OSSIPEE — A Carroll County Superior Court judge sent a Bartlett man to prison this week for “driving like a maniac” in 2018 as well as racking up a slew of charges in three counties during the high-speed chase.
Michael Hopkins, 36, of Bartlett pleaded guilty Thursday to three counts of reckless conduct with a deadly weapon and four counts of driving after being deemed an habitual offender. The crimes occurred in Carroll, Grafton and Hilsborough Counties.
In return, Judge Amy Ignatius sent Hopkins to prison for 3½ to eight years as well as another five to 10 years in prison suspended for a decade. He was given 188 days of pretrial confinement credit. A year may be taken off his minimum term for good behavior.
Public Defender Justin Littlefield represented Hopkins, and the prosecutor was Deputy County Attorney Steve Briden.
“I don’t know what led to your driving like a maniac,” said Ignatius. “I am so glad that nobody got hurt, you or any of the other passengers, or any of the other people on the highway. But to hear the description of some of those events, it’s it’s pretty frightening. And it’s a miracle that nobody was hurt.
“Whatever was going on, I hope that’s never going to be something that’s going to be part of your life again,” Ignatius told Hopkins.
Hopkins seemed to agree with the judge and motioned to his wife and toddler son in the courtroom. He said becoming a father has inspired him to do better. “That little guy right there is all that matters,” said Hopkins, adding that his son has prevented him from doing “a lot of stupid things.”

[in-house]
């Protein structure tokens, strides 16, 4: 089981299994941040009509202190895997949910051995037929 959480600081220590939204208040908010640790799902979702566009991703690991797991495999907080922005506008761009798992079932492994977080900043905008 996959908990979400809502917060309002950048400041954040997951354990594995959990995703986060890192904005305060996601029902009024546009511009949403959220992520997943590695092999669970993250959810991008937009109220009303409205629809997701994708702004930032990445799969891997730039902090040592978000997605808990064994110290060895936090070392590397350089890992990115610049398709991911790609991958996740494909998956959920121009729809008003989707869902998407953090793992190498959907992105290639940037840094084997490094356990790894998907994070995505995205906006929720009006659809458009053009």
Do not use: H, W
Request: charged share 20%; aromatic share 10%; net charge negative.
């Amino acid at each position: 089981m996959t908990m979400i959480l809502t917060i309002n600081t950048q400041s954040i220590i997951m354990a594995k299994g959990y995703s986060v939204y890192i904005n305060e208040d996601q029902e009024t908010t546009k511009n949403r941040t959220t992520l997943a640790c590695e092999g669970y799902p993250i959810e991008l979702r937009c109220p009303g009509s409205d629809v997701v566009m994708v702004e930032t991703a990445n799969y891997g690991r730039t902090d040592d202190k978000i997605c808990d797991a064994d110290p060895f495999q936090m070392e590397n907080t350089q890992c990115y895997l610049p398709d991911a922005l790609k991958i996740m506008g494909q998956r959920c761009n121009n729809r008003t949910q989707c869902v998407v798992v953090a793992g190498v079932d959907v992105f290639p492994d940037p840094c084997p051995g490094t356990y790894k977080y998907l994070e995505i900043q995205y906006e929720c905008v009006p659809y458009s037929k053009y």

One count of reckless conduct to which Hopkins pleaded guilty said that on Oct. 29, 2018, he drove through Bartlett “on the wrong side of the road at approximately 80 mph in a 30-mph zone,” forcing a woman to drive off the road.
A second count of reckless conduct that Hopkins pled to occurred in Grafton County. It said that on Oct. 29, 2018, Hopkins “drove a pickup truck at speed excessive to the limit on I-93 southbound, then abruptly turned, crossed the median into the northbound lanes of I-93 and drove southbound in the northbound lane before stopping the motor vehicle in the breakdown lane.”
The most recent count of reckless conduct said that on Jan. 16 of this year, Hopkins “drove on Route 302 at 80 mph in a snowstorm while being pursued by police officers, causing the defendant’s vehicle to follow unsafely, change lanes unsafely and nearly causing several collisions.”
The habitual offender counts say he was caught driving in Bartlett, Conway, Nashua and Woodstock while knowing he had been forbidden from driving since May 2011.
Ignatius told Hopkins that he will end up owing the public defender’s office about $5,000 and ordered him to pay $50 per month in three months of release.